The digital audio workstation or DAW has become synonymous with songwriting and production in recent years. Gone are the days of sitting down at the piano and fleshing out an entire song with pen and manuscript paper, to be arranged and produced later.
As more and more musicians and writers develop greater technological skills, it isn't uncommon for a laptop and DAW to be an integral part of the writing process itself. In fact, a computer is now oftentimes the first 'instrument' we begin to create with. Let's look at six ways using a DAW can help in our songwriting process.
MIDI is a great way to create an approximation of how our song may sound later, especially when it comes to programming drum parts. Traditionally, the percussive and harmonic elements of the composition were delegated to the 'arranger' and were not considered part of the 'writing' process (hence why drummers have always been hard up for writing credits and royalties). Do we still work this way? Absolutely not.
With the rise of EDM, the hip-hop revolution and bedroom production; drum programming, sampling and beat making have become as much a part of 'writing' music as the melody and lyric.
The best part about MIDI is how flexible it is. Using software and samplers in our DAW, we are able to configure our MIDI parts in a variety of ways. We may want to change sounds later in our production process or move a part from strings to synth. Not only does working with MIDI inside our DAW afford us this flexibility, it gives us the ability to export that MIDI and send it to our collaborators during the production stage of our creative process. We can even export MIDI as notation to be recorded by live musicians later. Writing with MIDI makes our flow more efficient, and carves out more space for our creative process to flourish.
Recording ideas straight into our DAW saves time and expedites the creative process. Think about the amount of time and effort it takes to develop an idea, record a voice memo then later re-record that idea as we demo the song, only to be re-recorded AGAIN during the production process.
I often record my melodic ideas, variations on chord progressions, and lyrical ideas directly into Logic or ProTools. Using playlists on a single track created by the 'duplicate' feature in many DAWs, we can record multiple takes of the same idea, comp and edit those ideas, or record several options and save them for later.
Oftentimes, these recordings actually end up in my final mix. Don't work when you don't have to!
Creating a project in ProTools, Logic or Ableton is a commitment to our work. When we start a new session and put the work into creating a demo as we go, we are much more apt to revisit those sessions and complete them later. We are less likely to scrub through our voice memos or thumb through a notebook, piecing together fragments of songs we've half-written, or long forgotten we had.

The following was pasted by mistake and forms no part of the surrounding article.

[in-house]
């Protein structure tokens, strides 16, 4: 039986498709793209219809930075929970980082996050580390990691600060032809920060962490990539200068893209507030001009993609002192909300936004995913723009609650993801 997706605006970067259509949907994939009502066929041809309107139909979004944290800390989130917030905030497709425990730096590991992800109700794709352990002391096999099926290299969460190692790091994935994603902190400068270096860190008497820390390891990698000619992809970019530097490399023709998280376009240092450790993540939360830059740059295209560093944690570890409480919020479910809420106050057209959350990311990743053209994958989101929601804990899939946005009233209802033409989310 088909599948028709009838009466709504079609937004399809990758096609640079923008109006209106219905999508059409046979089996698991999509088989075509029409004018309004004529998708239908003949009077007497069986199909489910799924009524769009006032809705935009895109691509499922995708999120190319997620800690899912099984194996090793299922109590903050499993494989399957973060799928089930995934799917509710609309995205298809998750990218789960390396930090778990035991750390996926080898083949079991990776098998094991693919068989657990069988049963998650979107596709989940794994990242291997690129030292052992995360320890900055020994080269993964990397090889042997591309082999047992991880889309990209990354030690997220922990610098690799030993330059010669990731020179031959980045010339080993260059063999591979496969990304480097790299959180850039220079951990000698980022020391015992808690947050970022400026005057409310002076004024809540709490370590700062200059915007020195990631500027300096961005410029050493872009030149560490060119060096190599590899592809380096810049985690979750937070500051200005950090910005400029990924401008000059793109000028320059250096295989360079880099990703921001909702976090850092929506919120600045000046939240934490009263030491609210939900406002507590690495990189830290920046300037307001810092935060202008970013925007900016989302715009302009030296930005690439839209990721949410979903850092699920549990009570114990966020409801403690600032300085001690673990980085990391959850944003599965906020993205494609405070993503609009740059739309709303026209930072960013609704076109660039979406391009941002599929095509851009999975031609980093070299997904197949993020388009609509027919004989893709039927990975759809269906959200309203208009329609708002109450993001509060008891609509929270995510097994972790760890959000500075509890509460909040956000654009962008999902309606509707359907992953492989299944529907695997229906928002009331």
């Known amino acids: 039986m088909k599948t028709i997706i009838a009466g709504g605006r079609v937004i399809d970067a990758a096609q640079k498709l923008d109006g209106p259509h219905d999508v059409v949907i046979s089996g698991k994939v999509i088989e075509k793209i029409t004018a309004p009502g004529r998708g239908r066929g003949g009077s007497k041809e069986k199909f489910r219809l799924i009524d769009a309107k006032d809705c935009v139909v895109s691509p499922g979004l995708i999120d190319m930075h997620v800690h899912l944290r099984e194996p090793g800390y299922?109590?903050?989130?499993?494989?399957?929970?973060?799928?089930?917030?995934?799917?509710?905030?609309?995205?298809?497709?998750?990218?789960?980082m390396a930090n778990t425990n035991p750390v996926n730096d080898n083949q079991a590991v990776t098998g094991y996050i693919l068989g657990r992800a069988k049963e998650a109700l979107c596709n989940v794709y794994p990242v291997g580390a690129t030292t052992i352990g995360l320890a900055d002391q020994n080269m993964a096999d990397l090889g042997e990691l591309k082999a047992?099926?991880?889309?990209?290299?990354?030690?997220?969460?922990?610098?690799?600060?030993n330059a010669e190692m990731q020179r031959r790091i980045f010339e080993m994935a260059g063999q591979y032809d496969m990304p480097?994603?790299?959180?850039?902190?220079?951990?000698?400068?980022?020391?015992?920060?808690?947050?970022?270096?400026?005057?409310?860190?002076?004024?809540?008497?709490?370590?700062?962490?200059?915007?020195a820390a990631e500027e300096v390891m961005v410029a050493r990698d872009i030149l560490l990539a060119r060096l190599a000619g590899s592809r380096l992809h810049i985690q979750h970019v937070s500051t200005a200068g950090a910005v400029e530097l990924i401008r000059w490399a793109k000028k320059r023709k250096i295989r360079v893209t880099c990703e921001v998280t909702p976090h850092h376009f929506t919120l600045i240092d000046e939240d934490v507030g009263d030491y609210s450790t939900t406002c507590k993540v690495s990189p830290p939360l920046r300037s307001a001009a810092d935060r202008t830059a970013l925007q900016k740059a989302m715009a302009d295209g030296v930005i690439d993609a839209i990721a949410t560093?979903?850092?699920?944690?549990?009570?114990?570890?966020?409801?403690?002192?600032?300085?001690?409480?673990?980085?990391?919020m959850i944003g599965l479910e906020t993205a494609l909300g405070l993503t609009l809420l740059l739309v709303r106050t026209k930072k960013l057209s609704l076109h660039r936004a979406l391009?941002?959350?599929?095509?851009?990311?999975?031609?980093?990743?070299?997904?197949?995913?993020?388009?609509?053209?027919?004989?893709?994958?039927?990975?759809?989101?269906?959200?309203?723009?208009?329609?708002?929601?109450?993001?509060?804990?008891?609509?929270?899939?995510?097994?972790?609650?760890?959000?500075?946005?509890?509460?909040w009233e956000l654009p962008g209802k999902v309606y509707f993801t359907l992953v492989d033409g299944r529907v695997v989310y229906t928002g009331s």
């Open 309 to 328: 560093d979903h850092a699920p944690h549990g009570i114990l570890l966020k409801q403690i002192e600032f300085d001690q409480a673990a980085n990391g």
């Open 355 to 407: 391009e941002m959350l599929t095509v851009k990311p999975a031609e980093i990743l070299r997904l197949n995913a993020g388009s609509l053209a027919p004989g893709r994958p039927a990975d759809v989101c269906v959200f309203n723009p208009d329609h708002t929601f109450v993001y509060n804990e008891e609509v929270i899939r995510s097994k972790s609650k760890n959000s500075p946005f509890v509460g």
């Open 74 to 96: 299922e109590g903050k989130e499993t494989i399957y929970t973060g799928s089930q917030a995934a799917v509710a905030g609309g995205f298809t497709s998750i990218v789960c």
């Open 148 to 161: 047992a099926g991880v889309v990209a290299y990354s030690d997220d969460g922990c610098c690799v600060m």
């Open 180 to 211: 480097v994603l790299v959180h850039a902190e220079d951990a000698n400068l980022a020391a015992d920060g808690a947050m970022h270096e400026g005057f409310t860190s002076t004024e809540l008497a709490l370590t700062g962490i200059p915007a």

I write nearly every day, and I begin all of my sessions by creating a new project by date, recording as many of my ideas as possible, and saving it for later. Every couple of weeks I'll go through my sessions in order, listen to my work, and choose which songs to complete. Having everything in one place, with some degree of quality, makes it easier for us to see the big picture and commit to finishing our ideas.
DAWs are rich in features that aid in our creativity and serve as a utility in our writing process. Things like setting and changing tempo, FlexTime/Elastic Audio, and looping are indispensable tools for the modern creative. The ability to record a chord progression and easily loop it as you compose the melody or write lyrics is a huge asset. Not to mention the ability to change keys and try out different tempos.
If we're anything like most people, we enjoy the reward of hard work. Watching a song come to life as we write in a DAW is satisfying, and gives us some pride in our work as we hear it develop. My favorite part after a long session is bouncing the demo and running out to the car to drive around the block and listen.
It's our brain's reward system doing what it does best. I can't think of many other jobs where I'd willingly sink my blood, sweat and tears into something, only to go home empty handed. Considering as writers, we are making something out of nothing, it's nice to have something to show for the time we put in. Creating a folder or playlist of MP3s in your Dropbox or Soundcloud as we go is a great way to keep track of our ideas, share with others, and vibe out our progress as we work on each project, further motivating us to keep writing.
The demand for technologically sharp creatives has skyrocketed so much in recent years that the Nashville writing community has coined the term 'writer/producer' to describe a songwriter that also produces music, and pays them accordingly.
To understand the significance of this, we need a bit of backstory. Like I mentioned earlier, the creative process was less streamlined in years past. In the days of big budgets and even bigger studios, different formal positions for writers, arrangers, producers etc. were much more specific. Even as many musicians evolve into jacks and jills of all trades, this mentality continues to permeate many sectors of the music industry outside of pop and hip-hop. It isn't uncommon to have a strict 'writing' session in the country, theater or cinematic worlds and schedule a demo or 'production' session for later. This is changing as labels seek to budget more efficiently, and evolve to meet the demand for quality product the digital revolution has created.
Becoming a one stop shop for writing and production is an asset. It increases our value, our employability and the scope of work that is available to us.
Still here? Glad you made it to the end of the article, now create a new session and get writing already!
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